News & Events
Building Capacity in West Africa
Professor Sharp trains human rights advocates
School of Peace Studies Professor Dustin Sharp spent the January intersession training human rights advocates in two West African countries. This project is managed and funded by the Joan B. Kroc Institute for Peace & Justice (IPJ) and the Open Society Initiative for West Africa (OSIWA). Below Professor Sharp shares some of the details about this challenging but important work.
- Could you briefly describe where you were and what you were doing specifically?
Sure. I spent 16 days divided between Conakry, Guinea and Monrovia, Liberia in order to launch a year-long training project with the leading human rights organizations in both countries. The goal of the training program is to sharpen advocacy skills, and particularly the development of advocacy campaigns on the basis of solid field research and policy analysis. I call it research-based advocacy. The first phase of the training takes place in the classroom, and includes role-play simulations, drafting exercises, and other activities. All in all, I conducted 32 hours worth of classroom training in each country, so it’s short but intensive!
- What are the next steps?
Though the work in the classroom is an important start, the heart of the training exercise will come in the course of 2011 as the trainee organizations go out into their communities to document specific human rights violations, draft a report on the basis of that research, and then use the report as a springboard for an advocacy campaign to try to change the situation. I will supervise the entire process, serving as trainer and mentor as each organization moves through the full research-based advocacy cycle. I hope to return to both countries in the summer to do some of that in person.
- What progress or lack thereof do you see in this region since you started this project?
Guinea and Liberia are located in a troubled and volatile neighborhood that has not known stability for the last twenty years. Though Guinea and Liberia are now much more stable than in previous years, renewed tensions in Cote d’Ivoire and continuing cross-border recruitment of mercenaries threaten some of the gains that have been made. It’s because the various conflicts that have devastated the sub-region since the early 1990s are so intertwined, that we have chosen to work in all four countries over the course of the project: Cote d’Ivoire, Guinea, Liberia, Sierra Leone. There is a lot of work yet to be done. In the end, however, the skills I am teaching are vital to human rights activists in times of war and times of peace.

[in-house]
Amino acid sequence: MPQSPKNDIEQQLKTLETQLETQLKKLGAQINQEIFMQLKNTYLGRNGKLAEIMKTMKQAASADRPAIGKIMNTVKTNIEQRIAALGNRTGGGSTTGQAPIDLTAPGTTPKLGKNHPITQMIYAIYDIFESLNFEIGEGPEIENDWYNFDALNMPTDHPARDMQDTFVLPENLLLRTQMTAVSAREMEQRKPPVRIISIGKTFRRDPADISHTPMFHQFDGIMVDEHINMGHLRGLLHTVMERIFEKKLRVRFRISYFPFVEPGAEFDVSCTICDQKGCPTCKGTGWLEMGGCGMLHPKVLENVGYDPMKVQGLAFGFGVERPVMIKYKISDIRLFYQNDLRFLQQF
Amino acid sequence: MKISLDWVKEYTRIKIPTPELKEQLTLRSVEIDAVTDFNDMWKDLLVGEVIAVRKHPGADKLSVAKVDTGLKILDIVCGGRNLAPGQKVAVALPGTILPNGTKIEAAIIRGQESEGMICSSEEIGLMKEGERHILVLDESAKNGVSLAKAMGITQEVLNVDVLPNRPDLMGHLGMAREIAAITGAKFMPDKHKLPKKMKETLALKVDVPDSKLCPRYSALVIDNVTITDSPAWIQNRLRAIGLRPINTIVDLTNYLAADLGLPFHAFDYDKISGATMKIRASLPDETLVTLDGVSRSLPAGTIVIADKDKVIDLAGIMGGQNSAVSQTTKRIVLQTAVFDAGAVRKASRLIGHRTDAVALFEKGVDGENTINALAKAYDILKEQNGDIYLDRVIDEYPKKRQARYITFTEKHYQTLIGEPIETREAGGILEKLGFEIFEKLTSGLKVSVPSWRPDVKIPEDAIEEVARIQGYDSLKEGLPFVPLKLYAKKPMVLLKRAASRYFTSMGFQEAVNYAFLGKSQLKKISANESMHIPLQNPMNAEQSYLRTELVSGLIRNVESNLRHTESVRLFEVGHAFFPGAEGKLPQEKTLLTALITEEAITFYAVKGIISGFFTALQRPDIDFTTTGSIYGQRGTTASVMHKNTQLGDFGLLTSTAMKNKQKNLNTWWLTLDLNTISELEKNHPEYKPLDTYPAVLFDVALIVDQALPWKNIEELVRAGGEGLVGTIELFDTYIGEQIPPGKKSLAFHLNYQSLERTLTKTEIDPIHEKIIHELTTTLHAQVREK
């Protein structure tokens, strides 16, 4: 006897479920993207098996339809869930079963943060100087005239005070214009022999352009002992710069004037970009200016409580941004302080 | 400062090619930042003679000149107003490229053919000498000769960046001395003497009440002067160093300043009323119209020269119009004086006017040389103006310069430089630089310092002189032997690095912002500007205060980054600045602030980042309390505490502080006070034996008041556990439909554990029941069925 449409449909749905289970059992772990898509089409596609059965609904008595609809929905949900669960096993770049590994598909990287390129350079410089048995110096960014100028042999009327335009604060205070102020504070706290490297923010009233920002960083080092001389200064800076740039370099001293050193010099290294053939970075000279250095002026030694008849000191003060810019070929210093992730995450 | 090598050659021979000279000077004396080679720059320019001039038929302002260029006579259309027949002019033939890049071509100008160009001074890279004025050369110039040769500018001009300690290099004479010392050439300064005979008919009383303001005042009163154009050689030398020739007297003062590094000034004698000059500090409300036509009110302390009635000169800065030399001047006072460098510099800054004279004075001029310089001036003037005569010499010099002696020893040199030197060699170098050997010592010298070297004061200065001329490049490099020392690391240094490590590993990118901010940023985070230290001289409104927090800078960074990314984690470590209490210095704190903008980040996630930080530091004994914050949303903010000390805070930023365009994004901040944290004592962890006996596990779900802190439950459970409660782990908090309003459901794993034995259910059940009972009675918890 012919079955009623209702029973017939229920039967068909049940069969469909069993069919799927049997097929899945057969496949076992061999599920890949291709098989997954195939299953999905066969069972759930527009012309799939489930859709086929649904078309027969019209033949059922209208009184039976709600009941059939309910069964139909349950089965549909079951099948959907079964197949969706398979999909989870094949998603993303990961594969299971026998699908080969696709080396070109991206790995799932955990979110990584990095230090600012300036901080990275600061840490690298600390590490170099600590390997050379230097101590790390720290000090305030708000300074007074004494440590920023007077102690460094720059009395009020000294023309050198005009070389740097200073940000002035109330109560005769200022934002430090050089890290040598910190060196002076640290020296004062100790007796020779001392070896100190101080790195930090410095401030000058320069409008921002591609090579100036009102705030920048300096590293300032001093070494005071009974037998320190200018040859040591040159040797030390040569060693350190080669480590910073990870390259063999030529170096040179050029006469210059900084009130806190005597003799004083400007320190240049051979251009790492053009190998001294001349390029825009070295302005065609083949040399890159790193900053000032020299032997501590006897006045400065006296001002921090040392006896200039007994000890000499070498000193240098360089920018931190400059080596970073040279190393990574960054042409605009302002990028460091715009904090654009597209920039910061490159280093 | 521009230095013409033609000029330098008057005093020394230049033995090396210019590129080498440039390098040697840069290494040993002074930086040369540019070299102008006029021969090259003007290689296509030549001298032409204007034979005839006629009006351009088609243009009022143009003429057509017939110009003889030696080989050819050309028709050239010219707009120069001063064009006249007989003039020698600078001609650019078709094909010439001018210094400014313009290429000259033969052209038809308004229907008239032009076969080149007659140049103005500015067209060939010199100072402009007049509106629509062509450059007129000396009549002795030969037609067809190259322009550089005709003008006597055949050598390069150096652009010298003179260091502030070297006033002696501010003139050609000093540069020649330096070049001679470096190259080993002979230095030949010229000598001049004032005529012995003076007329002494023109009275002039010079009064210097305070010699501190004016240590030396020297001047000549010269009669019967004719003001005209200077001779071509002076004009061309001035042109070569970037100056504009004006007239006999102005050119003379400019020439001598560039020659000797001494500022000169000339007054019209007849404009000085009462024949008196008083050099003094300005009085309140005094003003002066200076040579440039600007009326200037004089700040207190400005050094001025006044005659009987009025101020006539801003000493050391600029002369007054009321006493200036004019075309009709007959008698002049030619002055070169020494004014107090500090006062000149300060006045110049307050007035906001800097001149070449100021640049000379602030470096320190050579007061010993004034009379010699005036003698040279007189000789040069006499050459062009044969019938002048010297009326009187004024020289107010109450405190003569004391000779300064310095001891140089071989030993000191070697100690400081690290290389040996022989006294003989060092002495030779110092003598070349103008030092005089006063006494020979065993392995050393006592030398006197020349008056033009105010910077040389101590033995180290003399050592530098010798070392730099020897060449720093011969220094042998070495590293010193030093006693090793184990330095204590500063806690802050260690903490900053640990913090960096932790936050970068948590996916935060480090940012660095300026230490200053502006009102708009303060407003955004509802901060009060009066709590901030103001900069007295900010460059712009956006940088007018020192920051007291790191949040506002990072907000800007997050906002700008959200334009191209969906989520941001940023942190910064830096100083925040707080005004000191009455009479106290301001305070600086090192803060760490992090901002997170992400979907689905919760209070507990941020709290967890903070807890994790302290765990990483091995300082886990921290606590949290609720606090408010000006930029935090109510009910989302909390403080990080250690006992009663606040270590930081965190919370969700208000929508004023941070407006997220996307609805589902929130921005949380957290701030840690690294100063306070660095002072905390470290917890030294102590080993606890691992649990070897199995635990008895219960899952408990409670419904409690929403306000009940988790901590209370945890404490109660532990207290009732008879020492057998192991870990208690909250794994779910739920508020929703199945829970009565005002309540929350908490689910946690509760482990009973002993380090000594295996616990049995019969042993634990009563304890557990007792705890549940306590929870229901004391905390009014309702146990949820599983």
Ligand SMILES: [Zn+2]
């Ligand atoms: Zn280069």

- Were you able to go to Cote d’Ivoire, or was it too unstable there at this time?
I am not scheduled to begin work in Cote d’Ivoire until 2012. However, I suspect that any plans to work in Cote d’Ivoire this year would have been postponed due to the electoral crisis that continues to engulf the nation.
- When does this particular project finish and what do you see as next steps?
The project should finish once the year-long training cycle in Cote d’Ivoire is completed in 2012. I am currently in discussions with OSIWA, the project funder, about possibilities for expansion of the work beyond 2012, but we have yet to come to any conclusions. But whether this particular project goes on, our relationship with local partners in the region will continue in one form or another. For example, I expect that in Summer 2011, several Kroc students will travel to Guinea and Liberia to serve as interns within the organizations I am training. It’s one of the ways in which we are trying to build bridges between theory and practice here at the School of Peace Studies.